Berg, G.A. Evjen, N. Velmurugan, M. Culen, The Influx-Management Envelope Considering Real-Fluid Behavior, SPE Drilling & Completion. (2020). https://doi.org/10.2118/198916-PA
Summing it up
MPD equipment can circulate out small influxes while maintaining constant bottomhole pressure. Due to the smaller pressure ratings and less rigorous testing regime on MPD equipment, a MPD Operating Matrix should be the bare minimum for any MPD operation.
Using an MPD Operating Matrix to decide whether to circulate out an influx through MPD equipment can have significant limitations.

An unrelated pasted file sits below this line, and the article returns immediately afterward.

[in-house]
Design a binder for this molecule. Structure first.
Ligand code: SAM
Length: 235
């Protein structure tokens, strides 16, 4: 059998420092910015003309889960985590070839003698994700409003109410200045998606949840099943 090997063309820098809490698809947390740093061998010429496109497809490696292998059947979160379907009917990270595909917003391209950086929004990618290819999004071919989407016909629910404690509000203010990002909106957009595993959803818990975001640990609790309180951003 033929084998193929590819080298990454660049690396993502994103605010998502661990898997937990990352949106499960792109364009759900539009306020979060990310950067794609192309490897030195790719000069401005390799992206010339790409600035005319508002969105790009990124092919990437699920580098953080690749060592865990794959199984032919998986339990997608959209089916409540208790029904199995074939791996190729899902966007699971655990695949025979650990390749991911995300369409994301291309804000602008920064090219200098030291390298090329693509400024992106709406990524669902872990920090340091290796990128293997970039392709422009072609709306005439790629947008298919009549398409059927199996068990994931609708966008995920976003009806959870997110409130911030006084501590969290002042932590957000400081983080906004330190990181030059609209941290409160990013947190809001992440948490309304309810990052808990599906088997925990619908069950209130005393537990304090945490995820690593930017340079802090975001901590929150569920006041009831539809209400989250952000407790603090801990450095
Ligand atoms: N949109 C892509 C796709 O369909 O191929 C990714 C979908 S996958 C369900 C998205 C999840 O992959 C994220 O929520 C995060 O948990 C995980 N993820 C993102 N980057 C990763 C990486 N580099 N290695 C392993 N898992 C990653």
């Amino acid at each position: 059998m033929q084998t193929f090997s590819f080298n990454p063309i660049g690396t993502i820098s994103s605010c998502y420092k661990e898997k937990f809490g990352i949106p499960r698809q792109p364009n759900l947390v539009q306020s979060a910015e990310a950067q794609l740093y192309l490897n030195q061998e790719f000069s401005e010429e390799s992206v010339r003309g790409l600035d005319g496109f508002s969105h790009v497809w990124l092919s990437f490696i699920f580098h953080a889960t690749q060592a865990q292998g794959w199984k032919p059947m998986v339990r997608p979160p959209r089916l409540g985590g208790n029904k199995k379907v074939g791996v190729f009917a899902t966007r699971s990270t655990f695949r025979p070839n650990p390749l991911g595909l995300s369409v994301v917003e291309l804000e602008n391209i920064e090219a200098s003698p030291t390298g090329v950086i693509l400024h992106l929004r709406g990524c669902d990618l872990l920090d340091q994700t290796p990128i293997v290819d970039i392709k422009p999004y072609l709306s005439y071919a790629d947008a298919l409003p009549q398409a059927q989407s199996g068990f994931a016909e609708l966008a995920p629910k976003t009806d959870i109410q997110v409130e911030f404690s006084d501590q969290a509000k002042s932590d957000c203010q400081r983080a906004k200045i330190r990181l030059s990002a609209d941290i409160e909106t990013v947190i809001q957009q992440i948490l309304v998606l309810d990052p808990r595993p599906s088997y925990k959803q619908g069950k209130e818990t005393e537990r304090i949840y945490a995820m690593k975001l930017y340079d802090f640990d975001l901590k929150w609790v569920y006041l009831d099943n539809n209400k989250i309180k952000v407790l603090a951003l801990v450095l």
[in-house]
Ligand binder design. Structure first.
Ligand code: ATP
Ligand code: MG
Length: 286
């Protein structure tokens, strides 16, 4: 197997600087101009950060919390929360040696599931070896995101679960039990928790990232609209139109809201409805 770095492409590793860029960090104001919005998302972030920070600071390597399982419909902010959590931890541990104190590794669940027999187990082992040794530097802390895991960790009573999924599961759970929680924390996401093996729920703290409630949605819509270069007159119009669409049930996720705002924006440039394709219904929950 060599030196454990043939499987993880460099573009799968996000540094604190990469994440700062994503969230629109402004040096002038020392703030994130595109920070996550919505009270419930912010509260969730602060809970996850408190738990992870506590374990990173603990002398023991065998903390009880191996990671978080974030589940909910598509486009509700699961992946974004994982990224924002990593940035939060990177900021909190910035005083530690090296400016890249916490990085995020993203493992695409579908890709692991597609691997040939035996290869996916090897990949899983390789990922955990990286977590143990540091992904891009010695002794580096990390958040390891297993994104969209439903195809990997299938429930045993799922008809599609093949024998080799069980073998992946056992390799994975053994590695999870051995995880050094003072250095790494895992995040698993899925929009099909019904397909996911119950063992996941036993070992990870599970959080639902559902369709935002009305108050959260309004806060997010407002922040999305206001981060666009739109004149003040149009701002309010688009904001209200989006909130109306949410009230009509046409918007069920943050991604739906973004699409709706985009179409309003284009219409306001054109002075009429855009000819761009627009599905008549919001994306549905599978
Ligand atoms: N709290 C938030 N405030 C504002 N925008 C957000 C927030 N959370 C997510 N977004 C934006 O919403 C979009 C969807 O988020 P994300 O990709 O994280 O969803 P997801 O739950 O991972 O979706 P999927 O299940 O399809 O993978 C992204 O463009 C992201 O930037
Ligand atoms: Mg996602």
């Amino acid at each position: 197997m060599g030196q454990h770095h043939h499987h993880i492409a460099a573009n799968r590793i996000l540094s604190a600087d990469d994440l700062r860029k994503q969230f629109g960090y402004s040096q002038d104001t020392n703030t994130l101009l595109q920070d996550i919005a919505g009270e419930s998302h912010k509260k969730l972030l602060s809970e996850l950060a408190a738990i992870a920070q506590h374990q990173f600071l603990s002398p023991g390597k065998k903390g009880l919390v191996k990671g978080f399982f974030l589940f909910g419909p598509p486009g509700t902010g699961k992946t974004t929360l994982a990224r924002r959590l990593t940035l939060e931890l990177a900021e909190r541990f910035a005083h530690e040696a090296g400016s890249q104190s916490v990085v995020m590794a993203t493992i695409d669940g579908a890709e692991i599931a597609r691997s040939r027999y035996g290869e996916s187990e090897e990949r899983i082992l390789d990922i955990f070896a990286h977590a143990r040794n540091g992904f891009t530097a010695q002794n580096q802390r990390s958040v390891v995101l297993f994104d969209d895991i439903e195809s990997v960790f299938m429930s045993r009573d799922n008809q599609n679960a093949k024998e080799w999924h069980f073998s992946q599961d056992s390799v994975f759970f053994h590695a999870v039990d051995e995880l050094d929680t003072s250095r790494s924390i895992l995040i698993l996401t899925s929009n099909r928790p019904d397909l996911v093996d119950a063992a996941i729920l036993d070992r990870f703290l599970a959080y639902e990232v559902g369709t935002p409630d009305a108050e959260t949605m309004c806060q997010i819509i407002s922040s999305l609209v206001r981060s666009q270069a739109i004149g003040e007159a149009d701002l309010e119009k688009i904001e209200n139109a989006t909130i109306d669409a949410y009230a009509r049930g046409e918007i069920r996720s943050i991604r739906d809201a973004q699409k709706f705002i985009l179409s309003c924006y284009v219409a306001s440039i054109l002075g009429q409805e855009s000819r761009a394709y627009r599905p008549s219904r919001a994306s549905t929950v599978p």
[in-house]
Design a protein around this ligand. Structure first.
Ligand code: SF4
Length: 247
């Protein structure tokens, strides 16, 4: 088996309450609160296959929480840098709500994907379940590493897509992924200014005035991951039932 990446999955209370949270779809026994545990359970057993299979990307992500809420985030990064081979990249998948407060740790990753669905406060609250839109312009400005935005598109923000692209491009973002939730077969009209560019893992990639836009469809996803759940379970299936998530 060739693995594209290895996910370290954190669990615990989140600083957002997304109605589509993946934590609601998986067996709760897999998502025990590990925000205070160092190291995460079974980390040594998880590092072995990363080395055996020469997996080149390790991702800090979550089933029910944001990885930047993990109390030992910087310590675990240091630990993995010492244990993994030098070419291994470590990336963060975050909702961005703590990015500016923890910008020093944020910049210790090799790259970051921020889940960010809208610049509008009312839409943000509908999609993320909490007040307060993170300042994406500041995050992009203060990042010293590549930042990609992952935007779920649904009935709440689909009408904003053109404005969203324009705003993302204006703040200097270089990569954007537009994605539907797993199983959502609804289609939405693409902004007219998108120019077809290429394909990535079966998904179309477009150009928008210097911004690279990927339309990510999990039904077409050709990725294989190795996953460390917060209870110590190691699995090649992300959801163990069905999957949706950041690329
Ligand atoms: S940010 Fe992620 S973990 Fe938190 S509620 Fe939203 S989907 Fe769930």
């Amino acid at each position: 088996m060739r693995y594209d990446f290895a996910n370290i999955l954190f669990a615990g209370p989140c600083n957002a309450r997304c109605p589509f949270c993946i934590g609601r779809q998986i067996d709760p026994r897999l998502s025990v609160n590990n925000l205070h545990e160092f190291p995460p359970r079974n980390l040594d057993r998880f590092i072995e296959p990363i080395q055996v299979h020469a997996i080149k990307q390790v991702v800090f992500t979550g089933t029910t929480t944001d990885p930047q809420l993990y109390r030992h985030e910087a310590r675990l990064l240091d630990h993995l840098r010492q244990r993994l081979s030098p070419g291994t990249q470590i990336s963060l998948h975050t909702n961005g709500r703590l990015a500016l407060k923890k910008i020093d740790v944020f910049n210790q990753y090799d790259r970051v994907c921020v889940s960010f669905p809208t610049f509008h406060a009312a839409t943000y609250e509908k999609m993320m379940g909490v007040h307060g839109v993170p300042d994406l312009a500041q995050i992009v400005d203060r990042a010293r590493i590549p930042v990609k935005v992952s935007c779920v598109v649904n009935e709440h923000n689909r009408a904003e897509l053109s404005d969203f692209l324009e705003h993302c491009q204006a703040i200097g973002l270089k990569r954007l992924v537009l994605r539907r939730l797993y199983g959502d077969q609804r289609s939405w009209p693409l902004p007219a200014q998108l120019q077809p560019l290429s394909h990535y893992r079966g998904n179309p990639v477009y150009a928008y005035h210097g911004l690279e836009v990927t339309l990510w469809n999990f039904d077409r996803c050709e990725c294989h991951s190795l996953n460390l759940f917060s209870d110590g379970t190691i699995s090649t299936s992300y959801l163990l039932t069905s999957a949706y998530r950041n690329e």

As most MPD Operating Matrix’s fails to consider the required “pressure increase” when the influx gets closer to surface. Many influxes that would be considered “OK for MPD” in the Operating Matrix, will eventually have to be handed over to conventional well control.
Using an MPD Operating Matrix that has limits based on influx circulation calculations for a given well remedies this but leaves little room for circulating an influx with MPD equipment in many cases.
The Influx Management Envelope remedies a lot of these issues with the MPD Operating Matrix, but still maintains the same “look” as the MPD Operating Matrix, making it operationally as simple to use, although more complex to generate if not having a purpose-built tool for calculating it.